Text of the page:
From your new President

My membership of the BAA goes back to 1974 when I joined the Association as a schoolboy, having had my interest in astronomy and space whetted by the Apollo missions and encouraged by the gift of a 60mm refractor from my Mum and Dad. Little did I suspect then that one day I would become the President of your Association. And for this I must thank you, the members, for electing me. I will do all in my power to ensure that the BAA remains Britain’s pre-eminent amateur society and provides the services that you need.
I am fortunate to be taking over from Hazel McGee, whose leadership and diligence over the past two years as President have been exemplary. During her term as President she has kept the interests of the Association at the centre of all she does – and also has worked with the Council to bring our governance up to date. I would like to thank her for her unstinting service and sheer hard work, which, I must point out, she has done in addition to her demanding role as Editor of the Journal. Hazel will certainly be a hard act to follow, but I am delighted that she will, of course, continue as our Vice-President.
It has become customary for the incoming President to introduce themselves in their first ‘From the President’ contribution. I live in rural Cheshire where I operate a small observatory in my back garden.The main telescope is a 28cm Schmidt-Cassegrain which I use chiefly for CCD observations of variable stars, especially dwarf novae. I patrol for outbursts of these objects, as well as conducting time-resolved photometry when an outburst occurs. What I particularly like about this is the cooperation that exists between astronomers around the world, both amateurs and professionals. We amateurs might have relatively small telescopes, but we do have access to them whenever we choose (as long as the weather is on our side, of course!) and because we are situated a different longitudes, we can obtain near-continuous photometry during an outburst. By contrast, professionals tend to have limited time on much larger telescopes, which is usually scheduled well in advance, but they can obtain more detailed astrophysical data. So our activities are complementary and working together across our community, both in obtaining the data and analysing it, is common practice.
Another field where I am active is in detecting meteors using sensitive video cameras. This is also an area where cooperation between observers is essential, since combining data from different locations allows the orbits of the meteoroids to be obtained, which in turn can give information about their parent bodies.Technological developments, both in video hardware and the supporting software, mean that contribution to astronomical research is truly accessible to amateurs at modest cost.
Whilst much of the practical work I do is perhaps at the more scientific end of the spectrum of amateur astronomy, I still like to spend time out under the stars simply enjoying the delights of the night sky in binoculars or small telescopes and sharing them with others. In fact, at the end of an evening’s work in the observatory, which generally involves staring at a laptop screen, I love to close the dome and step outside to marvel at the spectacle laid out overhead. I am pleased that the BAA supports the whole spectrum of activities.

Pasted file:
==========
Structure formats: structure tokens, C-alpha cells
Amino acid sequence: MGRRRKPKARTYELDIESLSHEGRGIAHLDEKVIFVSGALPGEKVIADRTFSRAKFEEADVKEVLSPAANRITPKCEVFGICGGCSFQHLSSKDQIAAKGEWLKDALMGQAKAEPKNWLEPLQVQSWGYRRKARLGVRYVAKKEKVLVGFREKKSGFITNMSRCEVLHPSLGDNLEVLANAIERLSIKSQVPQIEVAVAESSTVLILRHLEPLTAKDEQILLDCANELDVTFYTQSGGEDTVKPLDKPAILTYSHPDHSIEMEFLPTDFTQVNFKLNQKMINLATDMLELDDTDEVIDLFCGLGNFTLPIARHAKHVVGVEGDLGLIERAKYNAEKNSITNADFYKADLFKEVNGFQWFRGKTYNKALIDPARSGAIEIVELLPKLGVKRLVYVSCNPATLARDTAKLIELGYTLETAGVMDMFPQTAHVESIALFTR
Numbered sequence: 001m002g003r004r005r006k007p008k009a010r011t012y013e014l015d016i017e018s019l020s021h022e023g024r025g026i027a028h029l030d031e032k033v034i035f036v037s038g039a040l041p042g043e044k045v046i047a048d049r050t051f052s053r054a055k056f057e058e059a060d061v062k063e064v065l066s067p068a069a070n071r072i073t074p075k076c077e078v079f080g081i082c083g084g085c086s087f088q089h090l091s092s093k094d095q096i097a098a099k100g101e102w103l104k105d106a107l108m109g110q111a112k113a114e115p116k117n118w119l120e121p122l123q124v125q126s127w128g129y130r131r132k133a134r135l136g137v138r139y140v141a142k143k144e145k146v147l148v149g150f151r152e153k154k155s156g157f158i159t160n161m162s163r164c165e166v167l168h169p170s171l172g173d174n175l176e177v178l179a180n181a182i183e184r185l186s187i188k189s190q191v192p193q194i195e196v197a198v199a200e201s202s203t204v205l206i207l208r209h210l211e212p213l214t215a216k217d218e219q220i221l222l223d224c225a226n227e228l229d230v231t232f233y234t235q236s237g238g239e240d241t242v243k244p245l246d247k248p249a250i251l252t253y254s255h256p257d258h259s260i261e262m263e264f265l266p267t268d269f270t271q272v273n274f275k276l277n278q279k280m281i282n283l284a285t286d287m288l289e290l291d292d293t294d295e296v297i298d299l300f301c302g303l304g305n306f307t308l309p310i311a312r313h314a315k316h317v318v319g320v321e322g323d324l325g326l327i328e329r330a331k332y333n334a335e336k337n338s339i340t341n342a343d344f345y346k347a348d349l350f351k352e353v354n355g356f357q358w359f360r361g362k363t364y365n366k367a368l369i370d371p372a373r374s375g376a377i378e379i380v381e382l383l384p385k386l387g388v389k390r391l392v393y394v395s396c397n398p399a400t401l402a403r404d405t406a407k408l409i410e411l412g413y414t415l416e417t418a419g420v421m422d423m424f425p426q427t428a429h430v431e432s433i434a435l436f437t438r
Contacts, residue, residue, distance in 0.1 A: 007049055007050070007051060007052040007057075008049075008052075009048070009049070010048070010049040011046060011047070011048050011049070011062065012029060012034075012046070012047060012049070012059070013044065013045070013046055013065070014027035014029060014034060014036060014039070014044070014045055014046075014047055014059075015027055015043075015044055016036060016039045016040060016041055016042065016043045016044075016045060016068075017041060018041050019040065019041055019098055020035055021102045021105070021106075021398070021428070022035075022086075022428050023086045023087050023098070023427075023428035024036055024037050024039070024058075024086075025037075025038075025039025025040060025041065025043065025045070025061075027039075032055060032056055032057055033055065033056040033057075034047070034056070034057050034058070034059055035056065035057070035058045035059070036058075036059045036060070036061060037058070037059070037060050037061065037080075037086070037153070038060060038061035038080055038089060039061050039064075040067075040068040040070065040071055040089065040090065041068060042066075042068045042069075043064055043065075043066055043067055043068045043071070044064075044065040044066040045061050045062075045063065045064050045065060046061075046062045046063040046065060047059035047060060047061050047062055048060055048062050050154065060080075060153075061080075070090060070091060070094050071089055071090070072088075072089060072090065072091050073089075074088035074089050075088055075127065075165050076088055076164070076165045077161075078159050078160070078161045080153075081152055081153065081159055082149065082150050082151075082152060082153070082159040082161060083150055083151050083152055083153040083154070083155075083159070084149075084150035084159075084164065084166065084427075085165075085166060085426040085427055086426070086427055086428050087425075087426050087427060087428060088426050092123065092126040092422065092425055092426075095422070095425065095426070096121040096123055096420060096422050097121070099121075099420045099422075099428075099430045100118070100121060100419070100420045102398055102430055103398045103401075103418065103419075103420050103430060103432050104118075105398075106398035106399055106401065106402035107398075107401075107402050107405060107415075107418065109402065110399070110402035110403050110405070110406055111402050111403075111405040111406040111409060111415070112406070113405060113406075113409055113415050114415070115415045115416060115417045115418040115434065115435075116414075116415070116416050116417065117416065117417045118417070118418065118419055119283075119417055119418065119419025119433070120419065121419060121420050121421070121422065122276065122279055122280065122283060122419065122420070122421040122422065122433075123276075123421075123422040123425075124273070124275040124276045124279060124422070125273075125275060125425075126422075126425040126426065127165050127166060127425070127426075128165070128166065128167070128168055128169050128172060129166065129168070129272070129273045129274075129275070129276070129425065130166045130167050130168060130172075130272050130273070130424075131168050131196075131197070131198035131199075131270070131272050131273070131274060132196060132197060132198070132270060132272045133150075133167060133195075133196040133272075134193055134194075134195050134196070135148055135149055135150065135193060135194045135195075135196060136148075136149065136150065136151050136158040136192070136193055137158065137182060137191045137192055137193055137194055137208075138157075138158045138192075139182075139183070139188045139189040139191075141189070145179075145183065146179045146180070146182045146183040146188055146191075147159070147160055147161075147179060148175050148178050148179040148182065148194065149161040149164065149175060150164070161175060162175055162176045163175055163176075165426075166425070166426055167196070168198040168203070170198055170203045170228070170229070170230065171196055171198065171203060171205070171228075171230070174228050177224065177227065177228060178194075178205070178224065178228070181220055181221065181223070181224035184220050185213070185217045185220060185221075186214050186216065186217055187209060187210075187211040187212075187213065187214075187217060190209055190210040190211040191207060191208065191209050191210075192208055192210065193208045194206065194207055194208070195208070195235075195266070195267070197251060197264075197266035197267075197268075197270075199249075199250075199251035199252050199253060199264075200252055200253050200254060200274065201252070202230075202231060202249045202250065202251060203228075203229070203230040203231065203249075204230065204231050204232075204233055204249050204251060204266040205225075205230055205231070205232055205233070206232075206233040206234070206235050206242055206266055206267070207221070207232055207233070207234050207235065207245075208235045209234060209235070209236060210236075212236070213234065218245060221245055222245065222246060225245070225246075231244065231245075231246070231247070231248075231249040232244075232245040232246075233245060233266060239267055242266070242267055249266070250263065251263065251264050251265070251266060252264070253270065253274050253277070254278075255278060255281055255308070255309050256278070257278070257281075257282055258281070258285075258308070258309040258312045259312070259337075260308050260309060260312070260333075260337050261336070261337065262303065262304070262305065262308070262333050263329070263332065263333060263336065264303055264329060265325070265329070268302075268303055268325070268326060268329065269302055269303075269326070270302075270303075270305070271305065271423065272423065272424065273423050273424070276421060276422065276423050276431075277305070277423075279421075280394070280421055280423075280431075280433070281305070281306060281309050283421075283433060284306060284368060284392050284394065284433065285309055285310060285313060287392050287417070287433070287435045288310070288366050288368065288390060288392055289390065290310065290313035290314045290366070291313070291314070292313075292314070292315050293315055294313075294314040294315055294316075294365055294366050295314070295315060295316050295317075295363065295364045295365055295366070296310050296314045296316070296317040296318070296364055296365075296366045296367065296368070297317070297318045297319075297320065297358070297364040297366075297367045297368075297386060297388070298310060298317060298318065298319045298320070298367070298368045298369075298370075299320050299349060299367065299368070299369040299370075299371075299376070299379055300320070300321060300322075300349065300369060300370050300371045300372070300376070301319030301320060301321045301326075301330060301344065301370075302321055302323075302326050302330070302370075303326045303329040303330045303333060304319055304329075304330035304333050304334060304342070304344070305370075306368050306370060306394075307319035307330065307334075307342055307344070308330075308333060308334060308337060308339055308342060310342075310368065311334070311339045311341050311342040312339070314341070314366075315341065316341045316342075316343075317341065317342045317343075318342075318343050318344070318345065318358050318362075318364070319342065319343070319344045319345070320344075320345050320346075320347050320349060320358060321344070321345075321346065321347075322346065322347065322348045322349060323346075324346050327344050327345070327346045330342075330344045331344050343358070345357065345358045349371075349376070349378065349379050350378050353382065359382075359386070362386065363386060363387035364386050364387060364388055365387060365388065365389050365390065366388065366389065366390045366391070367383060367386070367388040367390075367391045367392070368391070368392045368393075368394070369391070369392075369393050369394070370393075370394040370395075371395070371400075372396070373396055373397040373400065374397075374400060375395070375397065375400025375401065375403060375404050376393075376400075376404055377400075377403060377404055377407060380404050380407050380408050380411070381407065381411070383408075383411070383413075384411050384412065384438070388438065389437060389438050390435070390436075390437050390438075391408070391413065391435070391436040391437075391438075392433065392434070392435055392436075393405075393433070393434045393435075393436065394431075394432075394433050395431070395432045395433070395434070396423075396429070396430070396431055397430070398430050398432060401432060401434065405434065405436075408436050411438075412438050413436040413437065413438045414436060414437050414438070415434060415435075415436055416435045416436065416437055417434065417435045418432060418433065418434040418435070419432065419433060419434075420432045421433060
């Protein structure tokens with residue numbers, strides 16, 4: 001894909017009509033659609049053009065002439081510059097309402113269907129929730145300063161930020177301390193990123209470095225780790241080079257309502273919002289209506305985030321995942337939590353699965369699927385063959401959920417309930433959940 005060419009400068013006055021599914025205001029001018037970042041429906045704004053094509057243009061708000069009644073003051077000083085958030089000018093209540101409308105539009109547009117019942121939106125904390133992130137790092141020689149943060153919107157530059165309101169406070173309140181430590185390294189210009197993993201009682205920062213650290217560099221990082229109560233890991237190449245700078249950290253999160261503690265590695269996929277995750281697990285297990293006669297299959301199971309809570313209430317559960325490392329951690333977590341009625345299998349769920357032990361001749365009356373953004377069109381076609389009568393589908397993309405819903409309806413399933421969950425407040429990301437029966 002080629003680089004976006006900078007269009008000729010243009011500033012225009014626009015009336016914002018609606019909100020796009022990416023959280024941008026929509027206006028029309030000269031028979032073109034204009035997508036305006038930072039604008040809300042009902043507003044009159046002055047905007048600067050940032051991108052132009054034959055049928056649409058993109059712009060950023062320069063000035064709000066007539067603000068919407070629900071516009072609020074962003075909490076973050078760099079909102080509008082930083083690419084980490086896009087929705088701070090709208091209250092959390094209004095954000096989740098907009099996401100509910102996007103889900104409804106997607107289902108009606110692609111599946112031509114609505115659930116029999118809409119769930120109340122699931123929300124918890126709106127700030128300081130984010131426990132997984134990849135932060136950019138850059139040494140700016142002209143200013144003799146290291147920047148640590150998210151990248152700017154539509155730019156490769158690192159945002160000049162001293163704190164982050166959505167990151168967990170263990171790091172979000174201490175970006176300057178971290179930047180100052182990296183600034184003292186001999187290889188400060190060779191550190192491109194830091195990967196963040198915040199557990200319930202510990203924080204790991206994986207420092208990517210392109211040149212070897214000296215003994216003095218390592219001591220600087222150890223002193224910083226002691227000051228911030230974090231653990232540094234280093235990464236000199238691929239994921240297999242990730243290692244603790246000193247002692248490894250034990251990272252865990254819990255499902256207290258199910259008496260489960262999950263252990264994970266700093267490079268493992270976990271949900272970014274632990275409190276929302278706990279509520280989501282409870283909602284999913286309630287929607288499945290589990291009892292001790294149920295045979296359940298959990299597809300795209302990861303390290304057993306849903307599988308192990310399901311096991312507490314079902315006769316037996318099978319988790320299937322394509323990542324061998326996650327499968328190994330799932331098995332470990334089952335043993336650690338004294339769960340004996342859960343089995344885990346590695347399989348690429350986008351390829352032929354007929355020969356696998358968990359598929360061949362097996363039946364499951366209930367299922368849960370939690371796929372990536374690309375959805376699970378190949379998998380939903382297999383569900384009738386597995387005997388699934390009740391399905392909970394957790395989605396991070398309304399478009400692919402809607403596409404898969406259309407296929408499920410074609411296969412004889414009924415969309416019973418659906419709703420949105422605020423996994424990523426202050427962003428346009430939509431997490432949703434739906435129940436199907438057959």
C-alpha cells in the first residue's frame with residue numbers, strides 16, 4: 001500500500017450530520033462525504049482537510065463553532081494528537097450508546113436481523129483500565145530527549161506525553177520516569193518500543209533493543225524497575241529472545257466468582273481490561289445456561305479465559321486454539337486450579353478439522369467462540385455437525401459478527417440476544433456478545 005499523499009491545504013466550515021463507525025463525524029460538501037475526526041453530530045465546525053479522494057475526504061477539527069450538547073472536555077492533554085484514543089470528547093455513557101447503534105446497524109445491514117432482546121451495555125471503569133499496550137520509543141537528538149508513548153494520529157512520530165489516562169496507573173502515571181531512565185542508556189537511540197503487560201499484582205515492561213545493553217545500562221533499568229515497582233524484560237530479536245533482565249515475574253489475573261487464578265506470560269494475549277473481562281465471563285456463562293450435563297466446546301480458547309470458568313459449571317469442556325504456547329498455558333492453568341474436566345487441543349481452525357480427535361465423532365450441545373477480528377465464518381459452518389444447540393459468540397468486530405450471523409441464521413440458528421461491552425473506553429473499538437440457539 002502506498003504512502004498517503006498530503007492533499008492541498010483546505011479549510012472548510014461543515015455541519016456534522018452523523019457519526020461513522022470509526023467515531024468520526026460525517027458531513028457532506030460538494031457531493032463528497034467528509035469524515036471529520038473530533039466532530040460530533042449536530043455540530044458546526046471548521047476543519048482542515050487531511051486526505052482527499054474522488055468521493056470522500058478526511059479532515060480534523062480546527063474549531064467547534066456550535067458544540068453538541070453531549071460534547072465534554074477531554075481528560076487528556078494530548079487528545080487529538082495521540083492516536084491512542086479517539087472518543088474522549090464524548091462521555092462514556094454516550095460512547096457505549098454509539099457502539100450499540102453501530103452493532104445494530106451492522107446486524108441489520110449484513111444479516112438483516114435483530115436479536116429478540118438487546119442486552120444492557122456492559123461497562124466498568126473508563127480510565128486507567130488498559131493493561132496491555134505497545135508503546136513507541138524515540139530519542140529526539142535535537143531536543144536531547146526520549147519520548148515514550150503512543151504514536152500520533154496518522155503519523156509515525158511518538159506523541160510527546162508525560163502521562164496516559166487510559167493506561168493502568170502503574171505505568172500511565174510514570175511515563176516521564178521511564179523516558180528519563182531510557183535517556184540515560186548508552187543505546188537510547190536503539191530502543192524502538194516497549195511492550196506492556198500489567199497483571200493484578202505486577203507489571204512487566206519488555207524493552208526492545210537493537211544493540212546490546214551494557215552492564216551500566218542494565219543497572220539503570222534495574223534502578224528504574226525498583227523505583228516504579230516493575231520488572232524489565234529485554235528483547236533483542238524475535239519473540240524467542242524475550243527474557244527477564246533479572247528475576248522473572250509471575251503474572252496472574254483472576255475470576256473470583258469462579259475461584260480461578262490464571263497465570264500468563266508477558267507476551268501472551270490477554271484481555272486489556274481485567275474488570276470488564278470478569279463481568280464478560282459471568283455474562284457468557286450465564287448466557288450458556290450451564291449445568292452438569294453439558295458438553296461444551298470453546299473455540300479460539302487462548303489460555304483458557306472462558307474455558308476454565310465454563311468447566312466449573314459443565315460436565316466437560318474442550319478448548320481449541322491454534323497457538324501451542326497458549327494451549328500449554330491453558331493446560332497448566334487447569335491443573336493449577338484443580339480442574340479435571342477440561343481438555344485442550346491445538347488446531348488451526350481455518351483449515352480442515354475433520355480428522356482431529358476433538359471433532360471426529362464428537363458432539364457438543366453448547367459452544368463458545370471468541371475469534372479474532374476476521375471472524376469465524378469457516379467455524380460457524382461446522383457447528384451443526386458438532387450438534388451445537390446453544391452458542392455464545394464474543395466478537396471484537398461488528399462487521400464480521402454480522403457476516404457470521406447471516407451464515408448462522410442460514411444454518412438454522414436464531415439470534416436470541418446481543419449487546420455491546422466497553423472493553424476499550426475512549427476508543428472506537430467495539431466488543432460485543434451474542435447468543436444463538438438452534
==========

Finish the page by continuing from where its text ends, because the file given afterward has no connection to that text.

By day, when not squeezing in observations through my recently acquired H-alpha solar telescope, I work for an international energy company. This has taken me all over the world, in both technical and commercial roles, living overseas for some years with my wife and daughters in Belgium, the United Arab Emirates and Singapore. I currently lead the company’s R&D on low carbon alternative energies, including developing advanced biofuels and hydrogen mobility. Although I am now based in the UK, I have team members in laboratories in Houston, Amsterdam and Hamburg. I don’t get to do the R&D myself any more, so astronomy provides an outlet for any frustrations this might otherwise give rise to!
I feel hugely privileged to serve our truly outstanding Association as your President, working with our Council and our new Board of Trustees. My research into the history of the BAA has taught me much about our proud journey covering 125 years and my aim is to keep the BAA at the forefront of amateur astronomy in the years ahead. I look forward to meeting many of you during my Presidency and hearing what you enjoy doing in astronomy. One of the first opportunities will be at our Christmas meeting on Saturday December 12 at University College London, where I will not only have the pleasure of introducing our Christmas Lecture by Professor Gerry Gilmore, but also the honour to recognise the work of some of our leading members by presenting a number of prestigious BAA medals and awards.
Looking slightly further ahead, the BAA Winchester weekend will again be held at Sparsholt College, Hampshire, between 2016 April 1 and 3. This will mark the weekend’s 50th anniversary and organisers Ann Davies and Alan Dowdell have prepared a very special programme for us. It’s always a popular event, so I suggest you return your booking form, which accompanies this Journal, right away!

Jeremy Shears, President

The British Astronomical Association supports amateur astronomers around the UK and the rest of the world. Find out more about the BAA or join us.